Indian Country politics and public policy

Commentary by Mark Trahant

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Mark Trahant / TrahantReports

It’s time.

It’s time for politicians to treat American Indians and Alaska Natives as an important constituency, not an outside group living in our own homeland.

The words of North Dakota’s representative in Congress, Kevin Cramer, capture the old thinking perfectly. He told Oil and Gas 360 that the Dakota Access Pipeline will be built no matter what. “I think DAPL will be finished due to the investment and amount of construction already completed. Regardless of short-term decisions, I don’t see how you can’t eventually finish the pipeline. In the short-run, the question is whether the three agencies’ review will further delay the project by implementing a full-blown EIS or whether the review will approve of the process and apply any changes prospectively rather than retrospectively. I’m optimistic that [the work] will be up and running in a few weeks.”

And what about his constituents, the people of Standing Rock, who object? “I think the appropriate people at the tribe didn’t pay enough attention to the proceedings, but I don’t have any insight as to why they chose not to meet with the Corps of Engineers. I will say that the government to government expectations of tribal governments can sometimes get in the way of participation in more mundane, routine aspects of the regulatory process, which is unfortunate because they miss the opportunity to have their say in the matter.”

Geesh. No additional comments are needed. Add this quote to the dictionary as an example for “condescending.”

It’s time politicians use both hands. Sure a Republican is supposed to be the voice of oil and gas. It’s in the job description, especially someone who wants to be in a Trump Administration. But a representative of all the people could also at least try and understand his constituent’s concerns are and propose a solution. He could say, should say, “on the other hand …” and then restating an argument even if it’s one he disagrees with. That’s what is supposed to happen in representative democracy.

How do we make that happen? By making certain that Indian Country votes like never before. In North Dakota that means finding, roughly, forty-thousand votes. Can’t happen, right? North Dakota is a deep red state. But what if people who never vote, did? What if every reservation in the state showed up at unprecedented turn out rates, 80 or 90 percent of those who are eligible? That would be at least 10,000 more votes. Add to that voters from the camps at Standing Rock. Let’s say, 3,000 new voters.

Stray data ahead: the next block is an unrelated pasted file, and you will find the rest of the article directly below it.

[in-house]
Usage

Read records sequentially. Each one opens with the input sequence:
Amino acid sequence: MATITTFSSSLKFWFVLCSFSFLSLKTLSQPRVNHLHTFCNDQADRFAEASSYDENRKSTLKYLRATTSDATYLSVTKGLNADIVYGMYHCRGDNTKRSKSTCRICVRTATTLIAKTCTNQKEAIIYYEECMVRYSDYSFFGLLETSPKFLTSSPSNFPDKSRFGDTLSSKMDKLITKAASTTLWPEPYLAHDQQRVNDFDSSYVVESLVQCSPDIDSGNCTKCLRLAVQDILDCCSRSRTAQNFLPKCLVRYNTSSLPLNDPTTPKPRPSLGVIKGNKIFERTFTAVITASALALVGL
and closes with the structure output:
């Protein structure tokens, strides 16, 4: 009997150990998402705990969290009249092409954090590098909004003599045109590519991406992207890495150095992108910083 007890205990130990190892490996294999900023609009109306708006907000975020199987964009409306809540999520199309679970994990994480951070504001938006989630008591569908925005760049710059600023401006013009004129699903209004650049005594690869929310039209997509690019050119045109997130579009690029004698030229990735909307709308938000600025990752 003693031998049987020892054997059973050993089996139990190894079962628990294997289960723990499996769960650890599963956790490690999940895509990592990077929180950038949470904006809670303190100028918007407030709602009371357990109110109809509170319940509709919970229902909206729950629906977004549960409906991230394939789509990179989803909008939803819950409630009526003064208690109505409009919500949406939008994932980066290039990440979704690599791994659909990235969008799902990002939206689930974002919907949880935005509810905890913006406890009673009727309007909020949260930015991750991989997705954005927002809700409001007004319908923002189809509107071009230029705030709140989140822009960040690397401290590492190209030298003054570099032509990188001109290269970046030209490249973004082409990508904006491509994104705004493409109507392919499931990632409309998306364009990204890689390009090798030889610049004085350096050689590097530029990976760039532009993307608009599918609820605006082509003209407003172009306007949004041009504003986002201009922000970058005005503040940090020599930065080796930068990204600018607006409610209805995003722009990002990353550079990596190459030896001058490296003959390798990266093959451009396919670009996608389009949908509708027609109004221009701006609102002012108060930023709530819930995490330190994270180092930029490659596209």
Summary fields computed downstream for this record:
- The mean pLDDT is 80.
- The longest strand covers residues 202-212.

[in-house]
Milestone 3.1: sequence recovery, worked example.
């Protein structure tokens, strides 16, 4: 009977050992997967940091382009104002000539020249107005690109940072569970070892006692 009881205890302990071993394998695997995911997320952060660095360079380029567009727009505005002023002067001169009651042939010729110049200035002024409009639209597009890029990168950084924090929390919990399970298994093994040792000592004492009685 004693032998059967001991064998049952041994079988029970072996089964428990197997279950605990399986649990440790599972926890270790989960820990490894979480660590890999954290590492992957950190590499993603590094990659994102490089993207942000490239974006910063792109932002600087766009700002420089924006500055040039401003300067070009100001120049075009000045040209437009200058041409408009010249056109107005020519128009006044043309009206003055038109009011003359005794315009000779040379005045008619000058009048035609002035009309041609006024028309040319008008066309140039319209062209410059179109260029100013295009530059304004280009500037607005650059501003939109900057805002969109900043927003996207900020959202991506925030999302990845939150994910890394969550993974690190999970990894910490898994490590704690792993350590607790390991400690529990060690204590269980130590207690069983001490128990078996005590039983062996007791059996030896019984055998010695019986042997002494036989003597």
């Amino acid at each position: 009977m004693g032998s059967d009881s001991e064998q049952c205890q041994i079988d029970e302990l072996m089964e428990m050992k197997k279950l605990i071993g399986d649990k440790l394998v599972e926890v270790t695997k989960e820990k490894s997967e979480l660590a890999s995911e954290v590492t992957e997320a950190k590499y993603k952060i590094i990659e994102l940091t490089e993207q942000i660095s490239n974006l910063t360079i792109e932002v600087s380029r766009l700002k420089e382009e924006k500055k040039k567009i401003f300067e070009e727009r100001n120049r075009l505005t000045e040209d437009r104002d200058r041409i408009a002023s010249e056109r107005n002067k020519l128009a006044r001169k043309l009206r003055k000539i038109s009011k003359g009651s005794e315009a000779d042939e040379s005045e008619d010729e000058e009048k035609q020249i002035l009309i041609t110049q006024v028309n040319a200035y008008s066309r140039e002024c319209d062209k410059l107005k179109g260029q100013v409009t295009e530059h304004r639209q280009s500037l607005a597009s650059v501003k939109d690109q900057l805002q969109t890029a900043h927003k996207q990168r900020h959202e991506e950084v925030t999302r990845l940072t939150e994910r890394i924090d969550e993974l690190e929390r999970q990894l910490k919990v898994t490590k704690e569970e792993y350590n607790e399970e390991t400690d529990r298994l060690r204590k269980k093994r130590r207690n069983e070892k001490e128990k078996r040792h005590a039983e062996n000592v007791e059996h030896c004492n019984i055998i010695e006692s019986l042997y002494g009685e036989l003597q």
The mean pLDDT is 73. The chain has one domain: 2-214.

But that’s like the refrain before stick games where you only hear the call, “Short! Winning side.”

Short? Winning side? Yes. Because Indian Country has more allies who need to be called up.  If you add into the voter mix, GenX and the Millennial generation — terrible voters, they — there becomes a potential pool of 90,000 voters. Millennials are now the largest age group. But as Pew Research points out, “eligible voters don’t necessarily translate into actual voters – that all depends on who shows up to vote on Election Day. Whether Millennial and Gen X adults outnumber Boomers and other generations in November will hinge on voter turnout.”

Standing Rock is the kind of story that can accomplish that. Because it calls for people to do something more. It’s not just about candidates, but about the idea of what can be done. (Although don’t forget that there are three Native American candidates are running statewide in North Dakota, a record, Chase Iron Eyes, Ruth Buffalo and Marlo Hunte-Beaubrun.) Iron Eyes who’s running against Cramer reflects the mirror image on just about every issue, especially climate justice. He posted on Facebook: “People have asked where I stand on the Dakota Access pipeline issue. I have said it many times in many different media sources that water security is foremost in the world. There is no Bakken play, there is no lignite coal development, there is no farming, no ranching, no agriculture, no hunting, no fishing, no tourism, no industry, no jobs, zero economic development whatsoever without water. None. This is a matter of national security. So I don’t think the pipeline should cross the Missouri, at all.”

When it comes to the issue of climate change young people think differently than their elected representation.

“Climate Change is the issue of the millennial generation,” wrote Joelle Thomas in Scientific American. “Millennials,research suggests, are increasingly driven and motivated by a sense of purpose. As the world’s greatest cities risk disappearing under water during our lifetimes, the call to save the world we know becomes more compelling … millennials understand that the problems of 2050 are already our problems.”

Then the only way to fix our problems is for younger people to defy history and vote. A surprise turnout adding 40,000 votes would change everything.

Mark Trahant is the Charles R. Johnson Endowed Professor of Journalism at the University of North Dakota. He is an independent journalist and a member of The Shoshone-Bannock Tribes. On Twitter @TrahantReports

Reposting or reprinting this column? Please credit: Mark Trahant / TrahantReports.com

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